Passing a password in an environment variable is as safe as having the program read it from a file. Only processes running as the same user may read a process's environment, and these processes are allowed to read the same files anyway.
Note that this is different from passing a password on the command line. Command line arguments are readable by all processes running on the same machine (barring hardening measures), not just processes running as the same user.
If you pass a variable through the environment, beware if the program launches other programs. Those other programs will inherit their parent's environment. So don't do this if you fear that the other programs might accidentally leak the contents of their environment.
The flaw in your scenario is “create an appropriate environment variable when the server system is set up”. An environment variable is a dynamic property of a process. You can't create it when setting up a system, not if by setting up you mean something that survives a reboot. What you mean is presumably that the administrator arranged for this variable to be present in the environment when a certain user logs in. This is done through a configuration file (typically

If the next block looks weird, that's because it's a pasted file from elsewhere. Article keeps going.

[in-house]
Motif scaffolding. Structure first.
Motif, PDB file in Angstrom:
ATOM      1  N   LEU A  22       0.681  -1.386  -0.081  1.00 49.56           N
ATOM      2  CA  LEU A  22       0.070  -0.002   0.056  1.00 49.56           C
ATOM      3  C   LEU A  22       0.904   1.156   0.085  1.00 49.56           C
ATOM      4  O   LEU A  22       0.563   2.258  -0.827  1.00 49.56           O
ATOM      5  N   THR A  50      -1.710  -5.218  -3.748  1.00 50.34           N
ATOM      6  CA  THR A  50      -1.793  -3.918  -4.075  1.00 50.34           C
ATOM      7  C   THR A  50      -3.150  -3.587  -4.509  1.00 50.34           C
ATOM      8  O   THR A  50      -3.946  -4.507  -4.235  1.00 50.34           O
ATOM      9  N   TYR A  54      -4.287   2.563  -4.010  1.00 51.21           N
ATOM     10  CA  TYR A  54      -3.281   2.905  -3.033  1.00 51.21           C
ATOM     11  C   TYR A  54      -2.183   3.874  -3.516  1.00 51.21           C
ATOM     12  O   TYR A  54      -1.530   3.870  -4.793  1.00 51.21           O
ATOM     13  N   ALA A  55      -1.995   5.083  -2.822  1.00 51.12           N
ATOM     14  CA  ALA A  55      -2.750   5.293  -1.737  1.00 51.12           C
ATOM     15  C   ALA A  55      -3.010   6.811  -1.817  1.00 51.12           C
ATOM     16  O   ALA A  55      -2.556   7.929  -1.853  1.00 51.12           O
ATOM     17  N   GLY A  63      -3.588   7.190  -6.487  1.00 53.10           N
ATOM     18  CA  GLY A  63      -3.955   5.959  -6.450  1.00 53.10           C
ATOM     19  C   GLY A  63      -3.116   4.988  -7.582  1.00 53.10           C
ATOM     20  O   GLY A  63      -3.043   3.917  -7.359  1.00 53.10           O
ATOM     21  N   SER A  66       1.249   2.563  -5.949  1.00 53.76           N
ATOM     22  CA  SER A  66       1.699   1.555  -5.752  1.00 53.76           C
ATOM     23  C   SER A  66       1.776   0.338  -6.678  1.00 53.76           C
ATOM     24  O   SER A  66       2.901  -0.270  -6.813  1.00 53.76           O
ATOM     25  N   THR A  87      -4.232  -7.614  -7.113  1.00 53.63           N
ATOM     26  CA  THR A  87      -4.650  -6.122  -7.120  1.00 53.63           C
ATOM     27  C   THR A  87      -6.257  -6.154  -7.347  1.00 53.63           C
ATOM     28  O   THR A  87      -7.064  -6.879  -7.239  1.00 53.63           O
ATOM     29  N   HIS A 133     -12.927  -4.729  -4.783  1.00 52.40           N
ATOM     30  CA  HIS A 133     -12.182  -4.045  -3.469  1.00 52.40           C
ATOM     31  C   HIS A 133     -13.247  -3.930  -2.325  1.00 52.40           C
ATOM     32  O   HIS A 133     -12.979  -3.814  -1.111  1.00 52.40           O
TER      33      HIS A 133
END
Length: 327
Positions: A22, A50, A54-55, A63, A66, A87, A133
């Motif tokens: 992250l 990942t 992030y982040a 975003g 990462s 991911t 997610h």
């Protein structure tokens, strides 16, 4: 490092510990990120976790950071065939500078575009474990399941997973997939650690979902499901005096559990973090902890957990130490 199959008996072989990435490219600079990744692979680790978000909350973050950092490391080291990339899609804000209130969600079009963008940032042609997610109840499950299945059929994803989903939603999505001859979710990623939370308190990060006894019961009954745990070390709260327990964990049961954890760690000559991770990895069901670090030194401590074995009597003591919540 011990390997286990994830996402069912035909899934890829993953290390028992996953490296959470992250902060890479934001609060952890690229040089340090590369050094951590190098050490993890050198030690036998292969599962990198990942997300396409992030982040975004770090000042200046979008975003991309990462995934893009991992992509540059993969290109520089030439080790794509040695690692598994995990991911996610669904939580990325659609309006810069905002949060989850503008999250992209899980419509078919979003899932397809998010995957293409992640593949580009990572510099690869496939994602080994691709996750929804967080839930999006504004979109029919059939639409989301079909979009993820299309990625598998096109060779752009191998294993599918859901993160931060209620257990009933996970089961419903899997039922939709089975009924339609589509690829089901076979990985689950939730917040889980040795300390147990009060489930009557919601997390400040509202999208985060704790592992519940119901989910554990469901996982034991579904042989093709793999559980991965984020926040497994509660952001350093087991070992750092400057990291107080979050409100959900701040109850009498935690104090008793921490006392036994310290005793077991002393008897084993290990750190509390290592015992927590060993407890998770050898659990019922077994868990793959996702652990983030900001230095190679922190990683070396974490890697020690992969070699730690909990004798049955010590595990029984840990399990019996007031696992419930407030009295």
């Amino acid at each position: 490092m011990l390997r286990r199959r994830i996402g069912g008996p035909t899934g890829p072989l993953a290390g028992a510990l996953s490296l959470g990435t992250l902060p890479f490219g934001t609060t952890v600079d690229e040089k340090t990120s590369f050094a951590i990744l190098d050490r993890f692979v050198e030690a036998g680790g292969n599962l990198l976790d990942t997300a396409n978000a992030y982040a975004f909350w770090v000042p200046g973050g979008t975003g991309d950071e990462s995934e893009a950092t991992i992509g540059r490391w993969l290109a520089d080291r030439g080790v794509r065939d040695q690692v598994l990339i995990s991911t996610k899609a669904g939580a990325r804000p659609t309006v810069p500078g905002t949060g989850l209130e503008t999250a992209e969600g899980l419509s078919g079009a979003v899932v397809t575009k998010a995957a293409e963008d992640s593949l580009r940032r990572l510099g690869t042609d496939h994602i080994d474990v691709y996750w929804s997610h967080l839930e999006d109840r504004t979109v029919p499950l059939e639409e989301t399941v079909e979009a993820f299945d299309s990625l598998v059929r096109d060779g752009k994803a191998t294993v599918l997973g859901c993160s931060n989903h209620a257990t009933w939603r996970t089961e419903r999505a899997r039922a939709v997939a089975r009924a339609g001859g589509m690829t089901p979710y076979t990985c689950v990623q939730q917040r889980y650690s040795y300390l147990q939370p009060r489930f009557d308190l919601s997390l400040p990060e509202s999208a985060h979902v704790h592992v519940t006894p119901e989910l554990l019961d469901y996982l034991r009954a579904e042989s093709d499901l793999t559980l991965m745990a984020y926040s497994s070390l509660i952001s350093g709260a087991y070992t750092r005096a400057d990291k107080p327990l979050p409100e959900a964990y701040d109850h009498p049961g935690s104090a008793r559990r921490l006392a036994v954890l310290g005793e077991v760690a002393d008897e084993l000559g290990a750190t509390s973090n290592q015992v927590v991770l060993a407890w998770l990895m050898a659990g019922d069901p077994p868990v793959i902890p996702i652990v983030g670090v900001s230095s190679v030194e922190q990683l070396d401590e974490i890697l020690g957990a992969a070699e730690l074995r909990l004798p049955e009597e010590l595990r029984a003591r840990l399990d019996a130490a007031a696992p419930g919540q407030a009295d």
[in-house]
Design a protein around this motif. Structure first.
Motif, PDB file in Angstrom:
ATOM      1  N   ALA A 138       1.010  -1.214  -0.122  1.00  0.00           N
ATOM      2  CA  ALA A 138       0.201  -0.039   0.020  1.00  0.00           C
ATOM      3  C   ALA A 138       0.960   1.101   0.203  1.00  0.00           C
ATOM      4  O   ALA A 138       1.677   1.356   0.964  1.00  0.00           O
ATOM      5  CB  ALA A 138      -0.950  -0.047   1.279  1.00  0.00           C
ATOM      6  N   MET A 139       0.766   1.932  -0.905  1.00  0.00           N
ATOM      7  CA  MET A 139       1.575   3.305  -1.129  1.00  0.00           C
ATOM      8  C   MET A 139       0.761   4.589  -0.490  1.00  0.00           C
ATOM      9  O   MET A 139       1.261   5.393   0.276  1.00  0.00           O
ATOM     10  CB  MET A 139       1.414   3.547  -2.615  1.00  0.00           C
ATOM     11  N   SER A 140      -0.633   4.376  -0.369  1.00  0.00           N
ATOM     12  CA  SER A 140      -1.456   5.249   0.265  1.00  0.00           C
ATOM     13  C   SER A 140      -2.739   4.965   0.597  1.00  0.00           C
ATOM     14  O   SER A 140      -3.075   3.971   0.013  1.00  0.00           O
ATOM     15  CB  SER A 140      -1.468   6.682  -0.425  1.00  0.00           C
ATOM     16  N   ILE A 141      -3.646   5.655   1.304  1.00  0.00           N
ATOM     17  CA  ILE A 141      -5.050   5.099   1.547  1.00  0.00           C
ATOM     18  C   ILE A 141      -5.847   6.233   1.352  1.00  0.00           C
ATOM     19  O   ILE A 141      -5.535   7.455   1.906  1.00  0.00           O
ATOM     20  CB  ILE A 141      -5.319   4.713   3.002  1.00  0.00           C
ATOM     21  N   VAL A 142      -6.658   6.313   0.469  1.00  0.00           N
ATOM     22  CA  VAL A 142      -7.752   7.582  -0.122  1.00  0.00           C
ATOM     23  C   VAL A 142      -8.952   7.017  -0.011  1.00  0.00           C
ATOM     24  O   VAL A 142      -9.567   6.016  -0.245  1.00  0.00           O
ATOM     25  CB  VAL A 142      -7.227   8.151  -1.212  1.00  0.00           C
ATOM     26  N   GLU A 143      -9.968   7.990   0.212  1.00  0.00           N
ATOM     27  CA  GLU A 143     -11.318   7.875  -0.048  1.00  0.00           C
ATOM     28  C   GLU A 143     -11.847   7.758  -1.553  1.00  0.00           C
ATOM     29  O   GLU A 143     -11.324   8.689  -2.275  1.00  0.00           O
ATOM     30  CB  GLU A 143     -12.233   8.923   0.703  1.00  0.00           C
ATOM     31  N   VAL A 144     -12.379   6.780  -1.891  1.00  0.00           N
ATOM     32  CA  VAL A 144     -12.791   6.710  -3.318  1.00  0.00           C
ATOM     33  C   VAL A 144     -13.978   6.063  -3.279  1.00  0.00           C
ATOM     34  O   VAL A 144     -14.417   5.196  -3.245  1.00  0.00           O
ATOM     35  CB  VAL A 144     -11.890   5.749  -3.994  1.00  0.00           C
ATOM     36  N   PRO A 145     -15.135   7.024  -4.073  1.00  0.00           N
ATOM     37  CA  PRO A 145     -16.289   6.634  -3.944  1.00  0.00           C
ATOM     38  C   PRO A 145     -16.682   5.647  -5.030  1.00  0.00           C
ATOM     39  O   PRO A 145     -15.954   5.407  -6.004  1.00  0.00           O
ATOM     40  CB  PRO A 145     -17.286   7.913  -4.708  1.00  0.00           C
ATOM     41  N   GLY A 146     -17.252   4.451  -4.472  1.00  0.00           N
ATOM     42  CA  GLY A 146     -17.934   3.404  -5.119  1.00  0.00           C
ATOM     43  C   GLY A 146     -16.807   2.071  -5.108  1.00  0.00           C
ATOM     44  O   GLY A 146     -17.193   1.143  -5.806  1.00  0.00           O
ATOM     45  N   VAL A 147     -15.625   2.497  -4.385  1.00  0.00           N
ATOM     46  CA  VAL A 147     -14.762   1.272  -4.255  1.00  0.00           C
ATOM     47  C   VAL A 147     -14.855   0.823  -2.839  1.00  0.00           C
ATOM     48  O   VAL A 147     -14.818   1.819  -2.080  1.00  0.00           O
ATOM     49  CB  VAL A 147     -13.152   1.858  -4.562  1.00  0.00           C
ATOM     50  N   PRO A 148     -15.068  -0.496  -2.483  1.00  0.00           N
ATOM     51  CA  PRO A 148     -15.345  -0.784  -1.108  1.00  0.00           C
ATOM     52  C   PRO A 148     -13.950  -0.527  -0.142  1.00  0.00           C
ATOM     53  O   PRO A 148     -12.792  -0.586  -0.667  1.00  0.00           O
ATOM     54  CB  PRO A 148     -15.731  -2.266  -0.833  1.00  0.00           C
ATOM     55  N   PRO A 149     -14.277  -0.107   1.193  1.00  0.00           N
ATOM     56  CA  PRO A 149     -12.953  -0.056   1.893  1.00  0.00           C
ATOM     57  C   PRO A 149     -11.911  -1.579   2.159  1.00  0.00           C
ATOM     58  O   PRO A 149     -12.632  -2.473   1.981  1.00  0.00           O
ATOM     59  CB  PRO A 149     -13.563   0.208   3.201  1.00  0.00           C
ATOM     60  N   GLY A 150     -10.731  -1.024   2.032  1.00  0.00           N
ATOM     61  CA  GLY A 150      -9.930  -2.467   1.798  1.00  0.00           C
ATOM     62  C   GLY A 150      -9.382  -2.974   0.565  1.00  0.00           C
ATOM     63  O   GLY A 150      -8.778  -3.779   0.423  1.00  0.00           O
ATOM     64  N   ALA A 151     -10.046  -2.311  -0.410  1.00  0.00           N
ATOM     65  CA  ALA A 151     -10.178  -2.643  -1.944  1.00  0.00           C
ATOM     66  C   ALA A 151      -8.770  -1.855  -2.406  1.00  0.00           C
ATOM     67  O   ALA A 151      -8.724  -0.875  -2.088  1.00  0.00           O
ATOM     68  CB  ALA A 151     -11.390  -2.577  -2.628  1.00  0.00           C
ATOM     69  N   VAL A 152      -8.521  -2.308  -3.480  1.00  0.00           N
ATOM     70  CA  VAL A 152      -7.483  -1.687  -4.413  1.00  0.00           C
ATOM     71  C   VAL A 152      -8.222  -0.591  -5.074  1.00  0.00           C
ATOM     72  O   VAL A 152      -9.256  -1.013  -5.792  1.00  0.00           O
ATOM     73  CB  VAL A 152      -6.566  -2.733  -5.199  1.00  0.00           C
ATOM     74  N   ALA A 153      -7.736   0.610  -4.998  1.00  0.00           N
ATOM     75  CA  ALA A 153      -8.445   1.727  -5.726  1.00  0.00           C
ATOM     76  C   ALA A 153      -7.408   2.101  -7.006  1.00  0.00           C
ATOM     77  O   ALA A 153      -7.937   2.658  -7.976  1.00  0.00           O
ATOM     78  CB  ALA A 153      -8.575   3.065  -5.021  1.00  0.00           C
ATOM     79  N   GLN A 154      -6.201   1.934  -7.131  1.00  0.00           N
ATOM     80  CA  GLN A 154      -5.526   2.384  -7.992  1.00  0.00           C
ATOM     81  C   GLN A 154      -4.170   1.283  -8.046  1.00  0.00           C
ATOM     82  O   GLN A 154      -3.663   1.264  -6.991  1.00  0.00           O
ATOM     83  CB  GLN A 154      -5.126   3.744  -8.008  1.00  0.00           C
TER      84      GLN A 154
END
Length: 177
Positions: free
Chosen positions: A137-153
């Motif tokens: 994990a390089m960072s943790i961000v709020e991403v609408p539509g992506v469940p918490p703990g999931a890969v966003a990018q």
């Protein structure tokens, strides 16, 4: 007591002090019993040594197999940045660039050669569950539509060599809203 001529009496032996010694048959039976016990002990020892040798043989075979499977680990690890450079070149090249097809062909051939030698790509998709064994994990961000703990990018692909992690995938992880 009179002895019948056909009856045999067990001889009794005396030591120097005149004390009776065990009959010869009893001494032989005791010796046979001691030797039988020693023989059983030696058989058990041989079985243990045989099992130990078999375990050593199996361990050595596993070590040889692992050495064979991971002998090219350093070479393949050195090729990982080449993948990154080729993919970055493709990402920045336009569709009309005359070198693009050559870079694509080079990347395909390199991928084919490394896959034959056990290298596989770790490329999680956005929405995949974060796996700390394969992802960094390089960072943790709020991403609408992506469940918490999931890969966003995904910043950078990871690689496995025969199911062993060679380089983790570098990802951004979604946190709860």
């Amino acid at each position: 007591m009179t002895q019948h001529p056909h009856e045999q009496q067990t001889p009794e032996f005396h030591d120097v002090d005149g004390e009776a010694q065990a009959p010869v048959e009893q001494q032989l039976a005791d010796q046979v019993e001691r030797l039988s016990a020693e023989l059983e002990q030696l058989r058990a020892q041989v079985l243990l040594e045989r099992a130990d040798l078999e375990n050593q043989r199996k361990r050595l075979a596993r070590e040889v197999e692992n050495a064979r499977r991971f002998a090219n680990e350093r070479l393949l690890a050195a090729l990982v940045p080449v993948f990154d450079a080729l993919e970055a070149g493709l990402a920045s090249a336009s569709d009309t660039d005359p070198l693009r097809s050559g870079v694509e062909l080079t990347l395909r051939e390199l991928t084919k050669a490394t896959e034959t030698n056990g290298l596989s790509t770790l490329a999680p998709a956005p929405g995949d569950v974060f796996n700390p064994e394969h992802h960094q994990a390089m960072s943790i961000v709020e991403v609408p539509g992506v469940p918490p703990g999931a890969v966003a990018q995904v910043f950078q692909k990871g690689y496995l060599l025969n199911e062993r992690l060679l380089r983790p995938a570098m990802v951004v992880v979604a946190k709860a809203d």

~/.profile or a file read from
~/.profile). So this solution does not, in fact, move the password out of configuration files.
Setting things up so that passwords are in a user's login-time environment is not a good idea. It means that every process running as that user will have the secret, so it's vulnerable to a leak anywhere.
A password should be put in a file that's aside from the configuration files that are under version control and from the normal deployment mechanisms. It's ok to put the password in the environment at some point if it's convenient, but it should be done for as small a set of programs as possible.